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ULS to feature the free hugs guy

 Ken Nwadike Jr. started the Free Hugs campaign after the Boston Marathon bombing as a way to try to support those still running the marathon, but it has since become a larger peace movement. SPECIAL TO THE ORACLE

When tragedy strikes, even the small gesture of a hug can go a long way and make a difference even when coming from a stranger. The University Lecture Series (ULS) is bringing Ken Nwadike Jr., a peace activist and inspirational speaker known for the Free Hugs campaign.

Nwadike, 36, is originally from San Diego. He began his Free Hugs campaign in 2014 when he attended the Boston Marathon. He decided to attend after the Boston bombing as an effort to spread positivity.

Nwadike originally had the idea of being an actual participant in the race, but failed to qualify. This race was where he got his name as “the free hugs guy.” He gave runners free hugs as they passed him.

Nwadike is the current president and CEO of Superhero Events, LLC that hosts the Hollywood Half Marathon where he is the race director in Hollywood, California. The race is held to raise funds for homeless teens. With his experience he decided to make an appearance in Boston as a positive influence on runners as they made the halfway mark.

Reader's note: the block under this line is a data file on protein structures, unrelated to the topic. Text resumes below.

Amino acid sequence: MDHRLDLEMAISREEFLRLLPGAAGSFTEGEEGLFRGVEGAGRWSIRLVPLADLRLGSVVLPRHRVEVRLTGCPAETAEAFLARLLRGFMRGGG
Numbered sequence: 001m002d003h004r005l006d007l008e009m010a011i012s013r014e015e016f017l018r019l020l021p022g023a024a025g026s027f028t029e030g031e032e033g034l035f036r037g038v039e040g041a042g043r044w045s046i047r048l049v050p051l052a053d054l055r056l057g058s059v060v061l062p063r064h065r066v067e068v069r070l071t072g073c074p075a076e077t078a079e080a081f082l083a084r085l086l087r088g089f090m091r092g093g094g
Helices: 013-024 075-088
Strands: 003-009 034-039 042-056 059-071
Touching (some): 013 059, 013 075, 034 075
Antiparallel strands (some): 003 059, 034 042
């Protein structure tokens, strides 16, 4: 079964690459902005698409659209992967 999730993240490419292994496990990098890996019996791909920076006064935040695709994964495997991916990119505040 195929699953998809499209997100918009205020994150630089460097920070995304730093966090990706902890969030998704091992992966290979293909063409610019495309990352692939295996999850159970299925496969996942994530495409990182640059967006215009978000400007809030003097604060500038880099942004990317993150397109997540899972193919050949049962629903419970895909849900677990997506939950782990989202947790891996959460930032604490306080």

“After last year’s tragedy, I figured I’ve got to come out here and actually do something about it,” Nwadike said in a New York Times interview in 2014.

Nwadike stood outside during the marathon with a shirt and sign labeled “FREE HUGS” providing support to participants.

“I’ve seen people cry and get really emotional when they get a hug. I think sometimes people just need to be held, especially at the half point of a race,” Nwadike said in the same interview.

His actions led him to be featured all over national news outlets such as The New York Times, CNN and NBC. From then on, he worked to be a positive influence amid negativity that erupted nationally.

In 2016, the “Free Hugs” campaign gained more exposure when Nwadike took his positivity to the political environment. He has made appearances at political marches as a form of peaceful protest.

In the trying times of the 2016 presidential election, Nwadike released a video showcasing his “Free Hugs” campaign dealing with now President Donald Trump vs. Sen. Bernie Sanders (D). This video produced the #MakeAmericaLoveAgain.

Nwadike is known to cover the topics of homelessness and involvement in the school setting, relevant political topics such as race and inclusivity as a whole.

The lecture will take place Wednesday at 8 p.m. in the Oval Theater. Check in begins at 5:30 p.m. and the doors open at 7 p.m. The event is free and open to the public with no pre-registration needed.